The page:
Johannesburg - At least one presidential jet must be on the tarmac of Air Force Base Waterkloof in Pretoria by April 1 because Defence Minister Nosiviwe Mapisa-Nqakula is “fed up” about VIP jets being unavailable.
Last week, City Press’ sister paper, Rapport, revealed that a new long-range presidential jet – which would seat 30 passengers and contain a private bedroom suite, a bathroom and a conference room for eight people, and could cost up to R4 billion if purchased new – was being procured by the SA Air Force.
The new aircraft’s specifications were contained in a detailed request for information that Armscor, the army’s acquisition agent, issued a week ago.
This document, which City Press has seen, stands in stark contrast with Armscor and the air force’s claims this week that their request for information was not binding and was merely being used to determine what the options were for a second jet.
However, the air force is in fact working to make a purchase soon – with the request for information from interested parties due on Friday. Final presentations from preferred suppliers need to have been considered by mid-January.
This is the first time the air force has stated a need for an aircraft that can fly non-stop to New York or Moscow with 30 passengers on board.
The original statement of requirement in 2011, which was approved by Treasury and seen by Rapport, was for six new VIP aircraft.
All six were to be purchased for R2 billion, but a single aircraft can cost up to double that amount. An offer was made to an aircraft manufacturer three years ago for the six planes.
Two senior air force officers involved in and close to the acquisition process told Rapport that the larger aircraft was added as an option because a “higher authority” wanted to fly with more people on board without having to land to refuel.
Presidential spokesperson Bongani Majola said: “The presidency is not aware of the specifications at all for the jet at this stage. We do not know how many seats they have asked for, as this is in essence not a private plane or a presidency plane that they are looking for.
“We have also been informed that the procurement process, as such, has not begun and that the department of defence is at an exploratory phase. The president has no preferences at all, except that he wants the department to keep in mind the cost-containment measures of government when they test the market. President Zuma will not support extravagance in this regard.”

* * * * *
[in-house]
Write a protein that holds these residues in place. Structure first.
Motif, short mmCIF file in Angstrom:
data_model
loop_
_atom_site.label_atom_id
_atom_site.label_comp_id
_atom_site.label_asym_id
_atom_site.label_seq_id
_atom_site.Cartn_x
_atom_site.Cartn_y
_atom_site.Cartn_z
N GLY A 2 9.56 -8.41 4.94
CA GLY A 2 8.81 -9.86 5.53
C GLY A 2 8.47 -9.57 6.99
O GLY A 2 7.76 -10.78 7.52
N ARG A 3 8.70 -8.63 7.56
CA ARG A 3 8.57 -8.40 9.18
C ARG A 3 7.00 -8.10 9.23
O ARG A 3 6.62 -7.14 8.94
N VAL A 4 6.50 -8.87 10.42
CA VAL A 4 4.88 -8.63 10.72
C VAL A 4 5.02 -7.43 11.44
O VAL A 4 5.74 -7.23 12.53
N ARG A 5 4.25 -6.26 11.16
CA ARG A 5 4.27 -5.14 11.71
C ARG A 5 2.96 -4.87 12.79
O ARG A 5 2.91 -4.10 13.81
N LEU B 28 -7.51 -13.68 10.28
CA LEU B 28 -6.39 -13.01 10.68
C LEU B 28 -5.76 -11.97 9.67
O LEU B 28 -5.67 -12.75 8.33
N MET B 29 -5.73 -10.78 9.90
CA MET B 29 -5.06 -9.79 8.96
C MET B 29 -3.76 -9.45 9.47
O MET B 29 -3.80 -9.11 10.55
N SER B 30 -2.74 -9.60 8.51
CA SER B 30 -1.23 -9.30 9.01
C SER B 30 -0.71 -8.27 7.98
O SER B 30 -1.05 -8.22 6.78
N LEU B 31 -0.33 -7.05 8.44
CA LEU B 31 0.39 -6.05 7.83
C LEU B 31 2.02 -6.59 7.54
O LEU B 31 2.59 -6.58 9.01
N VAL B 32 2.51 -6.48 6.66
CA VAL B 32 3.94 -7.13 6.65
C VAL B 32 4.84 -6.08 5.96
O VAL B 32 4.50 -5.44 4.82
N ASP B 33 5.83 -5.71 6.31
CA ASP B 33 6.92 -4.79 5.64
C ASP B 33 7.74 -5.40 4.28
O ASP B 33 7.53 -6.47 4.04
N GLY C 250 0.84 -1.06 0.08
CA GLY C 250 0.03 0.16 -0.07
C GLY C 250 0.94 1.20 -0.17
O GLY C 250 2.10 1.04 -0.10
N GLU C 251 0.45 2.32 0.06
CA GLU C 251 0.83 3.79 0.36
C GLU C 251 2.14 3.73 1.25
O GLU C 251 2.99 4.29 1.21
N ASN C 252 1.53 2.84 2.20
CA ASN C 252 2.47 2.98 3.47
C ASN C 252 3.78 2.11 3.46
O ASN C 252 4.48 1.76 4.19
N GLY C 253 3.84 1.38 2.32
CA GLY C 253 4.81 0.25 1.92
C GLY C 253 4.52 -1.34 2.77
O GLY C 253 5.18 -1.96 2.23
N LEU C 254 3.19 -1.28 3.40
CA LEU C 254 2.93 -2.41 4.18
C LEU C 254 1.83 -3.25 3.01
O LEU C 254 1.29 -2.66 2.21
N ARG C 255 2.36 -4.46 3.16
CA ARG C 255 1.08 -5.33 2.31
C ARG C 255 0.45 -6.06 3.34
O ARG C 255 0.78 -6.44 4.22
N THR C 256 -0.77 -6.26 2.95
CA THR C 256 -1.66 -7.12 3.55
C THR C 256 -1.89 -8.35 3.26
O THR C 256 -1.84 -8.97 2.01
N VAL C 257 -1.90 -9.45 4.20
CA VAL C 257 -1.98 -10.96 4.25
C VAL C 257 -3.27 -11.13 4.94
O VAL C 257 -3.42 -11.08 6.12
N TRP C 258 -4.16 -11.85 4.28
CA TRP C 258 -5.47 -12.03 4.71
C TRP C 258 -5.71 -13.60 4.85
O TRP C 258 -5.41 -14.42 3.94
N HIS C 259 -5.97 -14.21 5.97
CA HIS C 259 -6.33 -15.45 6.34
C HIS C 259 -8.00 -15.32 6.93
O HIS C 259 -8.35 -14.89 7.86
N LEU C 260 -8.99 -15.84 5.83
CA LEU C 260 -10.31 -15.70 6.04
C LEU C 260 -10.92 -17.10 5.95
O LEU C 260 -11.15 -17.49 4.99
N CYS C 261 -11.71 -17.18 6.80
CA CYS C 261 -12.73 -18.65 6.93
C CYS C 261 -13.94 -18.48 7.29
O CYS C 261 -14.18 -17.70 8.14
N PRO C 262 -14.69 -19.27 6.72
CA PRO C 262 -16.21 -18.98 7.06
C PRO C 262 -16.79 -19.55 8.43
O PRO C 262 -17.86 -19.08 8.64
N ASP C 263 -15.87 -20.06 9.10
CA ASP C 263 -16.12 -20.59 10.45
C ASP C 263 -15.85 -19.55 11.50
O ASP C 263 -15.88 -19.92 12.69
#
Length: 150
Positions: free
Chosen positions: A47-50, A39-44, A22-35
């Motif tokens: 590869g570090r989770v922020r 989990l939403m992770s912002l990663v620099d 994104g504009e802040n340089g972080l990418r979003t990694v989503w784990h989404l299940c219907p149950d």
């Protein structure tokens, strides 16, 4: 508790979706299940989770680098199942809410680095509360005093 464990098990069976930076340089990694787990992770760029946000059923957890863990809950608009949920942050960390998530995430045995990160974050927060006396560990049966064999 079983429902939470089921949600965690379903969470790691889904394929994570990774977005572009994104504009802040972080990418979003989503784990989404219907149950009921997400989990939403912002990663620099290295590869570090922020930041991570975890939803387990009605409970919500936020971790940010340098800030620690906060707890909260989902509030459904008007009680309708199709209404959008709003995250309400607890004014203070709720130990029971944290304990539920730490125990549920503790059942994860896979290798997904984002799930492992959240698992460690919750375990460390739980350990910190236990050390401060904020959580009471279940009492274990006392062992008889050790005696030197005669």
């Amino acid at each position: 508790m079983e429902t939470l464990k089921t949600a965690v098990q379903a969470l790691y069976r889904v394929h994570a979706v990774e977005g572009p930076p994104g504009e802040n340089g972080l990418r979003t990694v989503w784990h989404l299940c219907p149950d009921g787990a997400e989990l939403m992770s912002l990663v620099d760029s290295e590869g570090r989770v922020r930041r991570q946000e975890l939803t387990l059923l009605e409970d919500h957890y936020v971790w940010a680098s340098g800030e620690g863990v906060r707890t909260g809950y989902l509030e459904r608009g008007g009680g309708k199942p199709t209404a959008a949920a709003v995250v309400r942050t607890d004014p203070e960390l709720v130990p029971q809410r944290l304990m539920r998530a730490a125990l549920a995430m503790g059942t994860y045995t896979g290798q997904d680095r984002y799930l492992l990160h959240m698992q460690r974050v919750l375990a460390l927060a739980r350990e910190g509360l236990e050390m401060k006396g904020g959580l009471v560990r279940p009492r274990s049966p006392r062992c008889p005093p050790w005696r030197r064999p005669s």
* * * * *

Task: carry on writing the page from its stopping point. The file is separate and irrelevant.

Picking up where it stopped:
The original requirements in 2011 came after then deputy president Kgalema Motlanthe was stranded at Waterkloof because the plane in which he was supposed to fly to Finland had broken down. Before then, he was stuck in the Democratic Republic of Congo with a hired aircraft.
An air force commission of inquiry found that a proper plane needed to be bought for the deputy president and there was also a need for a backup plane for Inkwazi, the presidential jet.
Kevin Wakeford, CEO of Armscor, this week said: “We do not work according to a specific schedule, but our guidelines are that the request for information must be submitted by November 20. By mid-January, we should have already considered the final presentations of the preferred suppliers.
“Between then and the end of March, the contracts must be signed and at least an interim jet must be delivered.”
Air force chief Lieutenant General Zakes Msimang said plans for the new planes were “still on the books”.
Rapport has learnt that Inkwazi is being underutilised, and only clocks between 450 and 500 flying hours a year. The average number of hours for a Boeing Business Jet is 800 hours a year.
Wakeford said: “We are looking at all the options. If it seems like a second aircraft could form part of one of the supplier’s offers, and it would be more cost-effective, then we would consider it. We are open to possibilities.”
He said Armscor would be “careful” when it came to the budget, but he declined to reveal how much money the government had set aside.
There are only a few business jets available that meet the long-range criteria. Among these are the Boeing 777 and 787.
One option may be to take over one of SAA’s existing Airbus A340s and kit it out according to President Jacob Zuma’s requirements.
Armscor could have the interior as well as the aviation and communication systems upgraded by local companies, thereby managing the spending locally, an aircraft expert said.
However, Wakeford said it might not be possible to source a jet that met all the requirements within the time limit, which was why short- and long-term options should be considered.
Mapisa-Nqakula’s spokesperson, Joy Peter, said the minister “stood by the remarks made by the apex leadership of the air force and Armscor earlier in the week”.
“Minister Mapisa-Nqakula has on many occasions made public her frustrations about capability gaps in terms of the availability of VIP aircraft,” said Peter.
“Furthermore, recently she convened a meeting of top department of defence officials to deal with the ongoing lack of availability and advised that this had to be resolved as a matter of urgency. The minister is of the view that VIP aircraft capability challenges cannot be ignored any longer. We are losing exorbitant amounts to private air charter companies.”
– Additional reporting by Hlengiwe Nhlabathi